Views of Mount Greylock
Recording the four seasons.
By: Charles Giuliano - Aug 24, 2006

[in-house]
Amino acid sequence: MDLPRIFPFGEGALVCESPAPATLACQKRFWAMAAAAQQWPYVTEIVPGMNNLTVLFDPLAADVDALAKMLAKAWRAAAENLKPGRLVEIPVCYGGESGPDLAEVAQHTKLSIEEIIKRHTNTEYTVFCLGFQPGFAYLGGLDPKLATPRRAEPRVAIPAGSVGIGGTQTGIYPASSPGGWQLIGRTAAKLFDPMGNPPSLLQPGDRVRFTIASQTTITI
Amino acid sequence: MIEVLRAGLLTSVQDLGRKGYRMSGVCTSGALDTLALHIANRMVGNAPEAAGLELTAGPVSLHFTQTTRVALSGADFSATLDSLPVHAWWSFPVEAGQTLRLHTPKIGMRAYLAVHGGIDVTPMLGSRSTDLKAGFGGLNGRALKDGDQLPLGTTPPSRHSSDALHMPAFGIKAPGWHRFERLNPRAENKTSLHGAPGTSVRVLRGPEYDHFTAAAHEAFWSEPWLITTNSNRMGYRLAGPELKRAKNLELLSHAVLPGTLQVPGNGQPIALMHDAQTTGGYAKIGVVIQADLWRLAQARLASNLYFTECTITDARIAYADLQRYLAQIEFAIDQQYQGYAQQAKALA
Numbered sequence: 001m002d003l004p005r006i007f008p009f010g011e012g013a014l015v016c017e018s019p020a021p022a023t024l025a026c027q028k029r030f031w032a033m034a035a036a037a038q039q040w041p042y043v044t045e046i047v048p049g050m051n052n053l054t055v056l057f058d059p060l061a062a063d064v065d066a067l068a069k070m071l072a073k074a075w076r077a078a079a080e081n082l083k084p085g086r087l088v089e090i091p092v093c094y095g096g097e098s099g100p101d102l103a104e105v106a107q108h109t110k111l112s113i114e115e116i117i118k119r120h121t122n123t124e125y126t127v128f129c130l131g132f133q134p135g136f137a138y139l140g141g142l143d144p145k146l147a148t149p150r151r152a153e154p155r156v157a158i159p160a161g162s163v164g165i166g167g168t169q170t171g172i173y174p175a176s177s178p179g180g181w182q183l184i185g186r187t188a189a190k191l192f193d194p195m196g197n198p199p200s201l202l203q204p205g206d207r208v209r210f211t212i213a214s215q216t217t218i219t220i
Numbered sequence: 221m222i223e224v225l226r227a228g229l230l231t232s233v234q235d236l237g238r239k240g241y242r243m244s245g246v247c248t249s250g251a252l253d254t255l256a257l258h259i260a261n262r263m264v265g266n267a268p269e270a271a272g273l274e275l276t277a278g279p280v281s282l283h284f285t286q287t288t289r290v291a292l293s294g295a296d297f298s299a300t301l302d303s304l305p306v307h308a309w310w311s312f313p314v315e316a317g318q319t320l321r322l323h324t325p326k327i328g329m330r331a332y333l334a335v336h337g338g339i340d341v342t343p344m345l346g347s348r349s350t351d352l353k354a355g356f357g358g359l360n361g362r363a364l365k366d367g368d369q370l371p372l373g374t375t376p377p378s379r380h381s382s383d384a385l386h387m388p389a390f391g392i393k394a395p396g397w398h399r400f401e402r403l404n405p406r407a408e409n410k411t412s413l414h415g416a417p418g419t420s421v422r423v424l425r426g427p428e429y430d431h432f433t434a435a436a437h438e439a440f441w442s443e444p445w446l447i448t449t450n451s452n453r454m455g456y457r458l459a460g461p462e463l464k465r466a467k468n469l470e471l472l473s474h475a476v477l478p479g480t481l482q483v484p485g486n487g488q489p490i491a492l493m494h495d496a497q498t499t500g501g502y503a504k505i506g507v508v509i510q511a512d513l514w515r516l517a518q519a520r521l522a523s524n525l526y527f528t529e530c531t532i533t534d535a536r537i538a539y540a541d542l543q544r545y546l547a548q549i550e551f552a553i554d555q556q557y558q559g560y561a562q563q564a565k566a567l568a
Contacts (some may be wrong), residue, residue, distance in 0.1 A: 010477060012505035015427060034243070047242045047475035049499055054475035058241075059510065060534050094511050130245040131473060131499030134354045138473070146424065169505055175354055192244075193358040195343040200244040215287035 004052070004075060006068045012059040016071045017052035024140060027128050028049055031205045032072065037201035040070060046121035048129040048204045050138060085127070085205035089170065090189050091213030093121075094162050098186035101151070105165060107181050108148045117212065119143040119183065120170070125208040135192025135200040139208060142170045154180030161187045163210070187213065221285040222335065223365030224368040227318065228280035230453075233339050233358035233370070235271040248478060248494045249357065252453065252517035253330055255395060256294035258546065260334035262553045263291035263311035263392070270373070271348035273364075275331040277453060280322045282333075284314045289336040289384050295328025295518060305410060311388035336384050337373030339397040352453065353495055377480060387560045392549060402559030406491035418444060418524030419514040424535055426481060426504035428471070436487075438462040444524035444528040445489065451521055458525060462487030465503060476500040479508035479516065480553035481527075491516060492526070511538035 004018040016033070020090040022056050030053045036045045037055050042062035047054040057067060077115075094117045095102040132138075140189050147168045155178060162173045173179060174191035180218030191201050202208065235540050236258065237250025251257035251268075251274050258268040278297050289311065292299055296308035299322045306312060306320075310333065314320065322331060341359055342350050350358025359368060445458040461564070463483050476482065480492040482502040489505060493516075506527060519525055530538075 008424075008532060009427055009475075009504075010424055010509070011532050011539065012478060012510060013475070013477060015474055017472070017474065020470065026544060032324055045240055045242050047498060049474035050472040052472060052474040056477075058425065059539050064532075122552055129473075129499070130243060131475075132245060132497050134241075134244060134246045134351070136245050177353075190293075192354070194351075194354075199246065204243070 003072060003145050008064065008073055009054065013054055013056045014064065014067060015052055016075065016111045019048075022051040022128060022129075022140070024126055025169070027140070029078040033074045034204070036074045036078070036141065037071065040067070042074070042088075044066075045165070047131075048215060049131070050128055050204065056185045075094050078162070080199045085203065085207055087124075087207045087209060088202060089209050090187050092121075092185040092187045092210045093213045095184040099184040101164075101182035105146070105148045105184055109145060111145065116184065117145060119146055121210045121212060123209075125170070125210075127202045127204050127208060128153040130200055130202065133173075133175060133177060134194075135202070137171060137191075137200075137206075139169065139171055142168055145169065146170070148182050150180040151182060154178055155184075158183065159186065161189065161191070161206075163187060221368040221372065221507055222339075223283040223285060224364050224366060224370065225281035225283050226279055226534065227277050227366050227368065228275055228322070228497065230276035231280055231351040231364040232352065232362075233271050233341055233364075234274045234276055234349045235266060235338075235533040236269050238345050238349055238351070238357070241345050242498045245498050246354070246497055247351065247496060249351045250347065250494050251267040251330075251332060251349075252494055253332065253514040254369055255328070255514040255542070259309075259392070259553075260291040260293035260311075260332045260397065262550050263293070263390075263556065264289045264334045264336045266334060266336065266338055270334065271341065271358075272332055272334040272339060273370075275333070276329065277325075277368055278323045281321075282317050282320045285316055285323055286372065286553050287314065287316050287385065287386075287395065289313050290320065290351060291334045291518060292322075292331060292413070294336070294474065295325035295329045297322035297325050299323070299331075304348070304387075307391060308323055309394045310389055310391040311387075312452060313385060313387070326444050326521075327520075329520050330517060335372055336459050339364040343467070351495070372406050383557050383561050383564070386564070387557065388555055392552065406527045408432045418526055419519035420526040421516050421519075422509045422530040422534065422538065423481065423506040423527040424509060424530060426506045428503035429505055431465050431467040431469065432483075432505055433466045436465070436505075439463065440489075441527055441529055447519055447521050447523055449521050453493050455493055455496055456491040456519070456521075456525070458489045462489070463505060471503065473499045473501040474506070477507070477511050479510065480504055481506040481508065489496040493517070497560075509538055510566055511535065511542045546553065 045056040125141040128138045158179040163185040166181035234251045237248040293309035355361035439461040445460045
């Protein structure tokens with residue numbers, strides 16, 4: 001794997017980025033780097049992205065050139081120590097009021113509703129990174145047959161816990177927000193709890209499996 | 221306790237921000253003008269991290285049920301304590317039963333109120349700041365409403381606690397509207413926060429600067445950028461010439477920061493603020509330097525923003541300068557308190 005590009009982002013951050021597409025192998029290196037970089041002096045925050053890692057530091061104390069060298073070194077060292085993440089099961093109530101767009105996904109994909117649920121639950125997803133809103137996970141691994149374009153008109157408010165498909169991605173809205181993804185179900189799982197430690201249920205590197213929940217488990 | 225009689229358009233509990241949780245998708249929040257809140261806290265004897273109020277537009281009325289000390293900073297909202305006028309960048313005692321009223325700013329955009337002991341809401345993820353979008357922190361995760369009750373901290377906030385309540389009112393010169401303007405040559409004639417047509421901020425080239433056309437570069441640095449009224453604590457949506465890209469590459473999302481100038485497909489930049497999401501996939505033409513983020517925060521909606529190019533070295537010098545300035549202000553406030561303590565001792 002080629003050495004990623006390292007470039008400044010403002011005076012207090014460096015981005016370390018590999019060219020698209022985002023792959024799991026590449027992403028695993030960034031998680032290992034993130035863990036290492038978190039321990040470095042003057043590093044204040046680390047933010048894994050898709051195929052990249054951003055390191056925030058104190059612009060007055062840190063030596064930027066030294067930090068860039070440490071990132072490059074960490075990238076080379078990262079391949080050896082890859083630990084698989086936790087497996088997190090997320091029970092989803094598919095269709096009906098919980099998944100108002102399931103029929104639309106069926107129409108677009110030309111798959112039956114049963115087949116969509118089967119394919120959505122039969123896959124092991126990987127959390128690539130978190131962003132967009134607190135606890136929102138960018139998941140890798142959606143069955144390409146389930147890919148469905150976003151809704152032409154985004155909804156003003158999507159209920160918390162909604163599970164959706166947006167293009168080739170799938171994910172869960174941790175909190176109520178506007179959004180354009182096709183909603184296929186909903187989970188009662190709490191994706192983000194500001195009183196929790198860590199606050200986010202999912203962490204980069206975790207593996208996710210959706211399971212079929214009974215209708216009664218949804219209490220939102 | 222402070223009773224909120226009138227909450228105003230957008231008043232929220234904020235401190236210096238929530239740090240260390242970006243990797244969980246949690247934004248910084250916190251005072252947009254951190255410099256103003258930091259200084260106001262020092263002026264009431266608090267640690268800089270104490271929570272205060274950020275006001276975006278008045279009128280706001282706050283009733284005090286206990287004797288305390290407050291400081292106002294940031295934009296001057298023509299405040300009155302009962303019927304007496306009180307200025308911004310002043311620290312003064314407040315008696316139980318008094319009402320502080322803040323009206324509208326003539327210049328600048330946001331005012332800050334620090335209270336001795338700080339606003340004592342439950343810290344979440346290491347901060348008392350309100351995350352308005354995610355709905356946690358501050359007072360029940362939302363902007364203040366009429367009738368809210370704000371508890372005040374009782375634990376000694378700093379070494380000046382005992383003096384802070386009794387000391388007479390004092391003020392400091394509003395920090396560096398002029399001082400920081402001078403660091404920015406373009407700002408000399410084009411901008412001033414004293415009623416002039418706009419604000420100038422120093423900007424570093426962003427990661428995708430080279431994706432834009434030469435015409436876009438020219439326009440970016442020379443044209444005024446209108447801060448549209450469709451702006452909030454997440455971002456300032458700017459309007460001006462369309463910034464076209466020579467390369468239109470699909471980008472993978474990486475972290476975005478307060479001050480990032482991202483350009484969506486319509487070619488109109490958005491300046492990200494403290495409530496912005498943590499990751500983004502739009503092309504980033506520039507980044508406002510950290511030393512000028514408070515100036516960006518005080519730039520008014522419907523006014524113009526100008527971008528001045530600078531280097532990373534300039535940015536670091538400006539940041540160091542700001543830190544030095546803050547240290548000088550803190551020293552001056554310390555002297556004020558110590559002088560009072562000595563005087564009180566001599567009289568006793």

The British philosopher and statesman, Edmund Burke, reduced all of nature to three elements: The beautiful, sublime and picturesque. By his definition, the view from our deck in Adams of Mt. Greylock, the highest point in Massachusetts, is beautiful. It lacks the scale of the Alps or Rockies to qualify as sublime. But for us the constant changes of seasons, days and hours are so special and fascinating that we call it "Our movie." First thing in the morning we step out to the deck to observe the conditions of the day and to see what the mountain is up to. In the the past couple of years I have been keeping a visual diary of these constant changes. They range from mundane and ordinary, dull and overcast, snow covered to the occasional spectacular effects of dramatic conditions of storms or special shadows and light. Mt Greylock have come to mean to me what the "Lily Pond" and "Grain Stack" signified to the French impressionist, Claude Monet, or the Japanese artist, Hiroshige, and his "Thousand Views of Mt. Fuji." A framed grid of these images is now on view in the Visitor's Center in Adams.